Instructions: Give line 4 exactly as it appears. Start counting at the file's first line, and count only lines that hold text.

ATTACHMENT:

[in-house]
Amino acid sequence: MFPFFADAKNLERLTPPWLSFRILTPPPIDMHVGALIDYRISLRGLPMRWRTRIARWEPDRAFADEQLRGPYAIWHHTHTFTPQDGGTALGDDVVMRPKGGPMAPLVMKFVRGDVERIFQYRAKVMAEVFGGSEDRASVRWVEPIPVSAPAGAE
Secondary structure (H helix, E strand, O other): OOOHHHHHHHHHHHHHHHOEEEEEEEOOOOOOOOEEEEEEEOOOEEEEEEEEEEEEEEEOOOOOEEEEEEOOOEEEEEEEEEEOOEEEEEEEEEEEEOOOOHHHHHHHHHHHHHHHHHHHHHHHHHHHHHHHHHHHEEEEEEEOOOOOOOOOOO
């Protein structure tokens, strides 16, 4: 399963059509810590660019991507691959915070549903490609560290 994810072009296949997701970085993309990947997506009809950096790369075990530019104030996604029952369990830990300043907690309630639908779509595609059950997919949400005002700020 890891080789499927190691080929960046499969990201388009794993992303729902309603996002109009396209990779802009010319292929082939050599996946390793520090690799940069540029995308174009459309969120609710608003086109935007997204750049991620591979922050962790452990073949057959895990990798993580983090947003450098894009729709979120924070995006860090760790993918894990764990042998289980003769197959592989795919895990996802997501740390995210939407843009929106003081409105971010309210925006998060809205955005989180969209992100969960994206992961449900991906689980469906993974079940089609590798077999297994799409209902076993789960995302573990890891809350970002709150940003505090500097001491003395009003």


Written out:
């Protein structure tokens, strides 16, 4: 399963059509810590660019991507691959915070549903490609560290 994810072009296949997701970085993309990947997506009809950096790369075990530019104030996604029952369990830990300043907690309630639908779509595609059950997919949400005002700020 890891080789499927190691080929960046499969990201388009794993992303729902309603996002109009396209990779802009010319292929082939050599996946390793520090690799940069540029995308174009459309969120609710608003086109935007997204750049991620591979922050962790452990073949057959895990990798993580983090947003450098894009729709979120924070995006860090760790993918894990764990042998289980003769197959592989795919895990996802997501740390995210939407843009929106003081409105971010309210925006998060809205955005989180969209992100969960994206992961449900991906689980469906993974079940089609590798077999297994799409209902076993789960995302573990890891809350970002709150940003505090500097001491003395009003």